How do I create a bot account without personal access tokens or webhooks?

Deployments that cannot create bot accounts via webhooks due to security reasons and do not want to use personal access tokens with no expiry time, can use the following approach:

  1. Create a bot account using a secure email and strong password.

  2. Manually add the account to all teams and channels it needs access to. If your deployment has a lot of teams or channels, you may create a script to automate the process.

    • In a testing environment, you may also make the bot account a System Admin, giving the bot permissions to post to any channel. This is not recommended in production due to potential security vulnerabilities.

  3. Provide the email and password to your integration, and store it in a secure location with restricted access.

  4. Have your integration use the email and password with an /api/v4/login endpoint to retrieve a session token. The session token is used to authenticate to the Mattermost system.

    • Set up your bot to make an HTTP POST to with a JSON body, including the bot account’s email and password.

      POST /api/v4/users/login HTTP/1.1
      Content-Length: 66
      Content-Type: application/json

      where we assume there is a Mattermost instance running at http://localhost:8065.

    • If successful, the response will contain a Token header and a user object in the body:

      HTTP/1.1 200 OK
      Set-Cookie: MMSID=hyr5dmb1mbb49c44qmx4whniso; Path=/; Max-Age=2592000; HttpOnly
      Token: hyr5dmb1mbb49c44qmx4whniso
      X-Ratelimit-Limit: 10
      X-Ratelimit-Remaining: 9
      X-Ratelimit-Reset: 1
      X-Request-Id: smda55ckcfy89b6tia58shk5fh
      X-Version-Id: developer
      Date: Fri, 11 Sep 2015 13:21:14 GMT
      Content-Length: 657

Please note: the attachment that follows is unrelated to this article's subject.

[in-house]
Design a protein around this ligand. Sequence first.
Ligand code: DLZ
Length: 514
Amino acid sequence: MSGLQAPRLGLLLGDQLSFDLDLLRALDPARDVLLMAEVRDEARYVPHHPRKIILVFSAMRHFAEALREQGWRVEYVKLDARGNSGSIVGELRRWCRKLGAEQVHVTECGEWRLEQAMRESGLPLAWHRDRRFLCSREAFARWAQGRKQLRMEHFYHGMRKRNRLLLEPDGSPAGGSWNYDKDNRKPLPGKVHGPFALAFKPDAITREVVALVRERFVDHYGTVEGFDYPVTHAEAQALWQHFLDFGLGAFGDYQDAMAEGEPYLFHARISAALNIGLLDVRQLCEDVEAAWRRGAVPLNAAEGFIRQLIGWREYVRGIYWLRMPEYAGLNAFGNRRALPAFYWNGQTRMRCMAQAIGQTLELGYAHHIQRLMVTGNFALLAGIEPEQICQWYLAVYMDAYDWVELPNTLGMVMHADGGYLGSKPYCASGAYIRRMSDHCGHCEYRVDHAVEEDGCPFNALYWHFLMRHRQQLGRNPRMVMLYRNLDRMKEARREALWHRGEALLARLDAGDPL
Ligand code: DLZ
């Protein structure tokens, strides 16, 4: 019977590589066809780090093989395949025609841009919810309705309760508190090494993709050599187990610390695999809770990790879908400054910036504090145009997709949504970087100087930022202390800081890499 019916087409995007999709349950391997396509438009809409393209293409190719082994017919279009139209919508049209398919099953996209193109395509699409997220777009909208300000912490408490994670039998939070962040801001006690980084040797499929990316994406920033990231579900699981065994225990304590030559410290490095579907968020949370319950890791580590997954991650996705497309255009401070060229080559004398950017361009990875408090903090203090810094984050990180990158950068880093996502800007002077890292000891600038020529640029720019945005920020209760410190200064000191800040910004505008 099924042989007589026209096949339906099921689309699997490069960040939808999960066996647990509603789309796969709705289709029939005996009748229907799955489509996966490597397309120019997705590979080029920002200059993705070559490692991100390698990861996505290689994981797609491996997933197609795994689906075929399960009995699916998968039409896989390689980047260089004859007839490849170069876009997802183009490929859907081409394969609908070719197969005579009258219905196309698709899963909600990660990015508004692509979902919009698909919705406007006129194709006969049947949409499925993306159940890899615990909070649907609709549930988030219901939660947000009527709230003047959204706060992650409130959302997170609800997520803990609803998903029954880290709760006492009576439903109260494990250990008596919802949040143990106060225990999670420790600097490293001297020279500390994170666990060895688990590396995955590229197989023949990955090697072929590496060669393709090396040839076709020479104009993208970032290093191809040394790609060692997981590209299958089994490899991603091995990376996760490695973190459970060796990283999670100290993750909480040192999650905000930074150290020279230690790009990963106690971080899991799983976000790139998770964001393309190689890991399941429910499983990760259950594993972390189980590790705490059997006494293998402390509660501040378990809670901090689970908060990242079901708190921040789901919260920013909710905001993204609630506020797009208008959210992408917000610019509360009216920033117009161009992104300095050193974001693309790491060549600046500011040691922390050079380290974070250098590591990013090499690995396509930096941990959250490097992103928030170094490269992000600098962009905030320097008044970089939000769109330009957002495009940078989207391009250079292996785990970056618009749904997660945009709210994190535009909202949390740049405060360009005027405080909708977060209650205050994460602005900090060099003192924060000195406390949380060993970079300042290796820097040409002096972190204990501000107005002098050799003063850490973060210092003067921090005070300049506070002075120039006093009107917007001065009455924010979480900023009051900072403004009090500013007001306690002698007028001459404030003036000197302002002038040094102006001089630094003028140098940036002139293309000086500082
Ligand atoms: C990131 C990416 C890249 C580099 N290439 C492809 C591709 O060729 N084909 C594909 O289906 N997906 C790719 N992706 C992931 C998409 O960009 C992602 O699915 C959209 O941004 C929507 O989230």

Content-Type: application/json; charset=utf-8
      {{user object as json}}

      The bot should retrieve the session token from the Token header and store it in memory for use with future requests.

    Note: Each session token has an expiry time, set depending on configuration. If the session token your bot is using expires, it will receive a 401 Unauthorized response from requests using that token. When your bot receives this response, it should reapply the login logic (using the above steps) to get another session token. Then it should resend the request that received the 401 status code.

  5. Include the Token as part of the Authorization header on API requests from your integration.

    • To confirm the token works, you can have your bot make a simple GET request to /api/v4/users/me with Authorization: bearer <yourtokenhere> in the header. If it returns a 200 with the bot’s user object in the response, the API request was made successfully.

      GET /api/v4/users/me HTTP/1.1
      Authorization: bearer <yourtokenhere>

Note: The Mattermost development team is also working on an API developer token, which allows you to authenticate the bot account via the API token rather than retrieving a session token from a user account.